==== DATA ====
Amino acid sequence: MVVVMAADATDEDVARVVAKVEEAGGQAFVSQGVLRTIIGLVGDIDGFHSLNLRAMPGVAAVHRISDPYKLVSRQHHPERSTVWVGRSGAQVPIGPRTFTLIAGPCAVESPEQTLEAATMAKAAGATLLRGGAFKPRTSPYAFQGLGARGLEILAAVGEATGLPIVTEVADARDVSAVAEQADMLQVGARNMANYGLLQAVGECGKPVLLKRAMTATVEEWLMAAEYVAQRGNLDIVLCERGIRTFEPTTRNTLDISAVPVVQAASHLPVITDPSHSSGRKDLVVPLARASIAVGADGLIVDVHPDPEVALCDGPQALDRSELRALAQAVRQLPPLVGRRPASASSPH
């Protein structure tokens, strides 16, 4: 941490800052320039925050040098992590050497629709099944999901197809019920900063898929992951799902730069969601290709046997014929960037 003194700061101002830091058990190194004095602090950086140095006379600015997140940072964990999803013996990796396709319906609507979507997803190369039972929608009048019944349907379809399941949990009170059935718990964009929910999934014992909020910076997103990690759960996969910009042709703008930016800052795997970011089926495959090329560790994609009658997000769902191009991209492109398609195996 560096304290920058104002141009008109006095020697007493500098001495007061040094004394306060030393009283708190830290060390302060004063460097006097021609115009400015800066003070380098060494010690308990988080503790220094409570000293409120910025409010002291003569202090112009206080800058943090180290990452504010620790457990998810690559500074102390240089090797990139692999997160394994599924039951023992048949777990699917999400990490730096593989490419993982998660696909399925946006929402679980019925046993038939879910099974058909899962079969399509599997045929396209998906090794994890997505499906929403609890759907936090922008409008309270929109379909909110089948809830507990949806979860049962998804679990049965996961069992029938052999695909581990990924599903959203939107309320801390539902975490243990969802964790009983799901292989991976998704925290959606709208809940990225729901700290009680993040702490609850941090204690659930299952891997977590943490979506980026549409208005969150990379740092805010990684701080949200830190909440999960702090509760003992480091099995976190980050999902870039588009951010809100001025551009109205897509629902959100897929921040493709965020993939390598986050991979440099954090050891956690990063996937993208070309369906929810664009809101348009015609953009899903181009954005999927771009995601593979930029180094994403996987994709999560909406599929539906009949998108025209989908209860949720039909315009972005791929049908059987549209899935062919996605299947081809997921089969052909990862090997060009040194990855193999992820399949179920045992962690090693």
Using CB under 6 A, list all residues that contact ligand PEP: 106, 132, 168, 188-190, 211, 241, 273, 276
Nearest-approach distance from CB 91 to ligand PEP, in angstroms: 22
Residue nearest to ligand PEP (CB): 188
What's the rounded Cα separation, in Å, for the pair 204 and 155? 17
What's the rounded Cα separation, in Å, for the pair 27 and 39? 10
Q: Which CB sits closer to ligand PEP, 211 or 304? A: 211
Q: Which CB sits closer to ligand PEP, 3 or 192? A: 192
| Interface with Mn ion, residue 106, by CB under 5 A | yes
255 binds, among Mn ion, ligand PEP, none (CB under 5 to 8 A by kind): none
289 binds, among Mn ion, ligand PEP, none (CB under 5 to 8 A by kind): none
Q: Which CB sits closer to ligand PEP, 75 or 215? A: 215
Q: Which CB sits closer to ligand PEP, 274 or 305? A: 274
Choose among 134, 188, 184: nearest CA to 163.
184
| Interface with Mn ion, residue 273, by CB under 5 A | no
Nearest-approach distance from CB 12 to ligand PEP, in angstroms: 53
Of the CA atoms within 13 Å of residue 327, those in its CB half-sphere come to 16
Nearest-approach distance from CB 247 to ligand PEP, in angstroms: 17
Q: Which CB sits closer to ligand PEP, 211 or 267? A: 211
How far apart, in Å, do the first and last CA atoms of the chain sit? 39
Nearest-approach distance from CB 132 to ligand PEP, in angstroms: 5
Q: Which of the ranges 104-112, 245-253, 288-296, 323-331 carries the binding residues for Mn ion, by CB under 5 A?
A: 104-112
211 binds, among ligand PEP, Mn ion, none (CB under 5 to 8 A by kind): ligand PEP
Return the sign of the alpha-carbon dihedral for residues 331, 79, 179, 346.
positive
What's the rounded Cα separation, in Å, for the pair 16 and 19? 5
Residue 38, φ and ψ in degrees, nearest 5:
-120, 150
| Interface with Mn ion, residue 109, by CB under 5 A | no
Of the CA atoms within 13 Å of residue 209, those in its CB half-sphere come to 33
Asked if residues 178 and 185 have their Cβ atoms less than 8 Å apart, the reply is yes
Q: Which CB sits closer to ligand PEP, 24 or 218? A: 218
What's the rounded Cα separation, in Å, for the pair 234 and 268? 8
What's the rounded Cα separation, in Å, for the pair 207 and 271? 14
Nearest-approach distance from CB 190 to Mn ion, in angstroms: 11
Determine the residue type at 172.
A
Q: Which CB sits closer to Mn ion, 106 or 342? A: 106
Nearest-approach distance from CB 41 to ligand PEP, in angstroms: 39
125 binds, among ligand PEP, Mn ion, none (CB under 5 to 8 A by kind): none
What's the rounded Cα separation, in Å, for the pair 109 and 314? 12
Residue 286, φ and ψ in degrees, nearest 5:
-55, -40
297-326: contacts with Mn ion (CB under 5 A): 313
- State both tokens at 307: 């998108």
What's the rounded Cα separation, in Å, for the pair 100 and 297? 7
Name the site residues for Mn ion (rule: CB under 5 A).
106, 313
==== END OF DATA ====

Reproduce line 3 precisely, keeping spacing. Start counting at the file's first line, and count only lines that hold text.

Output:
Using CB under 6 A, list all residues that contact ligand PEP: 106, 132, 168, 188-190, 211, 241, 273, 276